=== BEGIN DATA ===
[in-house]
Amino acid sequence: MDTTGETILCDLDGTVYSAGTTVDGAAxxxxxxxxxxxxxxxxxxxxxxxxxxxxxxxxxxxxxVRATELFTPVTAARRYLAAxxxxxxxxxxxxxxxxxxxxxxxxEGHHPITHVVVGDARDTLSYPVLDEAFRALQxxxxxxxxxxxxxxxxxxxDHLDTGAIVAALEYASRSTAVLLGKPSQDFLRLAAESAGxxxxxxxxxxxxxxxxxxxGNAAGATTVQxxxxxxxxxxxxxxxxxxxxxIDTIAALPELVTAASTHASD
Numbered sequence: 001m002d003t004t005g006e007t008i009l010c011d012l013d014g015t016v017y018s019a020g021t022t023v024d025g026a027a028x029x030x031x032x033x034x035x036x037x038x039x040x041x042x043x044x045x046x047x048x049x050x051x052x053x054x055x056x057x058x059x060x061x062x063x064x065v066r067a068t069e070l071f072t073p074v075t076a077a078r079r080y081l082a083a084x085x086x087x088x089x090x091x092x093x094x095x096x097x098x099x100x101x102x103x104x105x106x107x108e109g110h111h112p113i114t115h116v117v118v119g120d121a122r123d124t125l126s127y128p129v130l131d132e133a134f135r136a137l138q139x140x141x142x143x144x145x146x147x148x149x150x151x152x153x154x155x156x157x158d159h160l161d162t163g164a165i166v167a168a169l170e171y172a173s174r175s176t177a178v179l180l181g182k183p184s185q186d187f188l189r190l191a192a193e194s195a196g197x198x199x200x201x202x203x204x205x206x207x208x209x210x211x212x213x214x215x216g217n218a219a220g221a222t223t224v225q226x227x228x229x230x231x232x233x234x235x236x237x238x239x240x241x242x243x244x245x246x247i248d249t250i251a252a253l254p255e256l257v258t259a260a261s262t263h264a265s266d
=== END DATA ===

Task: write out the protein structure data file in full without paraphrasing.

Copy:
[in-house]
Amino acid sequence: MDTTGETILCDLDGTVYSAGTTVDGAAxxxxxxxxxxxxxxxxxxxxxxxxxxxxxxxxxxxxxVRATELFTPVTAARRYLAAxxxxxxxxxxxxxxxxxxxxxxxxEGHHPITHVVVGDARDTLSYPVLDEAFRALQxxxxxxxxxxxxxxxxxxxDHLDTGAIVAALEYASRSTAVLLGKPSQDFLRLAAESAGxxxxxxxxxxxxxxxxxxxGNAAGATTVQxxxxxxxxxxxxxxxxxxxxxIDTIAALPELVTAASTHASD
Numbered sequence: 001m002d003t004t005g006e007t008i009l010c011d012l013d014g015t016v017y018s019a020g021t022t023v024d025g026a027a028x029x030x031x032x033x034x035x036x037x038x039x040x041x042x043x044x045x046x047x048x049x050x051x052x053x054x055x056x057x058x059x060x061x062x063x064x065v066r067a068t069e070l071f072t073p074v075t076a077a078r079r080y081l082a083a084x085x086x087x088x089x090x091x092x093x094x095x096x097x098x099x100x101x102x103x104x105x106x107x108e109g110h111h112p113i114t115h116v117v118v119g120d121a122r123d124t125l126s127y128p129v130l131d132e133a134f135r136a137l138q139x140x141x142x143x144x145x146x147x148x149x150x151x152x153x154x155x156x157x158d159h160l161d162t163g164a165i166v167a168a169l170e171y172a173s174r175s176t177a178v179l180l181g182k183p184s185q186d187f188l189r190l191a192a193e194s195a196g197x198x199x200x201x202x203x204x205x206x207x208x209x210x211x212x213x214x215x216g217n218a219a220g221a222t223t224v225q226x227x228x229x230x231x232x233x234x235x236x237x238x239x240x241x242x243x244x245x246x247i248d249t250i251a252a253l254p255e256l257v258t259a260a261s262t263h264a265s266d